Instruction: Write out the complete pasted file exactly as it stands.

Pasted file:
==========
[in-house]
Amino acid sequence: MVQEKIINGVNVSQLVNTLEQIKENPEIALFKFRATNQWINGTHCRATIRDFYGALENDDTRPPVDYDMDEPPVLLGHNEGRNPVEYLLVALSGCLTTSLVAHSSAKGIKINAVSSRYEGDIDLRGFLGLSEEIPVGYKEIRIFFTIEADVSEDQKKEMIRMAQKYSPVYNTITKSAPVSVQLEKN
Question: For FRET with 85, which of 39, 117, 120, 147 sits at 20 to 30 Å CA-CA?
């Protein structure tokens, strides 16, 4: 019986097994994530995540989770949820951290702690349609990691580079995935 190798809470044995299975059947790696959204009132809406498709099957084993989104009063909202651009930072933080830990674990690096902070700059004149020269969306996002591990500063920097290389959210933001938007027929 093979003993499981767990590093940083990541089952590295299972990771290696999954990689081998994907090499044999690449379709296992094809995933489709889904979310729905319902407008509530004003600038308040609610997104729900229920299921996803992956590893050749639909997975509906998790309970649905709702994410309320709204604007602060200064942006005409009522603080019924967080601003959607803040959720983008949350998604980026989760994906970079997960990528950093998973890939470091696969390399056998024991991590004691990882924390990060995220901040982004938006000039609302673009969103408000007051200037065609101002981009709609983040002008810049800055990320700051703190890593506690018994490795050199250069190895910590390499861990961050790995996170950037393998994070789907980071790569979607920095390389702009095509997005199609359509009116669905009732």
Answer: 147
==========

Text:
[in-house]
Amino acid sequence: MVQEKIINGVNVSQLVNTLEQIKENPEIALFKFRATNQWINGTHCRATIRDFYGALENDDTRPPVDYDMDEPPVLLGHNEGRNPVEYLLVALSGCLTTSLVAHSSAKGIKINAVSSRYEGDIDLRGFLGLSEEIPVGYKEIRIFFTIEADVSEDQKKEMIRMAQKYSPVYNTITKSAPVSVQLEKN
Question: For FRET with 85, which of 39, 117, 120, 147 sits at 20 to 30 Å CA-CA?
């Protein structure tokens, strides 16, 4: 019986097994994530995540989770949820951290702690349609990691580079995935 190798809470044995299975059947790696959204009132809406498709099957084993989104009063909202651009930072933080830990674990690096902070700059004149020269969306996002591990500063920097290389959210933001938007027929 093979003993499981767990590093940083990541089952590295299972990771290696999954990689081998994907090499044999690449379709296992094809995933489709889904979310729905319902407008509530004003600038308040609610997104729900229920299921996803992956590893050749639909997975509906998790309970649905709702994410309320709204604007602060200064942006005409009522603080019924967080601003959607803040959720983008949350998604980026989760994906970079997960990528950093998973890939470091696969390399056998024991991590004691990882924390990060995220901040982004938006000039609302673009969103408000007051200037065609101002981009709609983040002008810049800055990320700051703190890593506690018994490795050199250069190895910590390499861990961050790995996170950037393998994070789907980071790569979607920095390389702009095509997005199609359509009116669905009732």
Answer: 147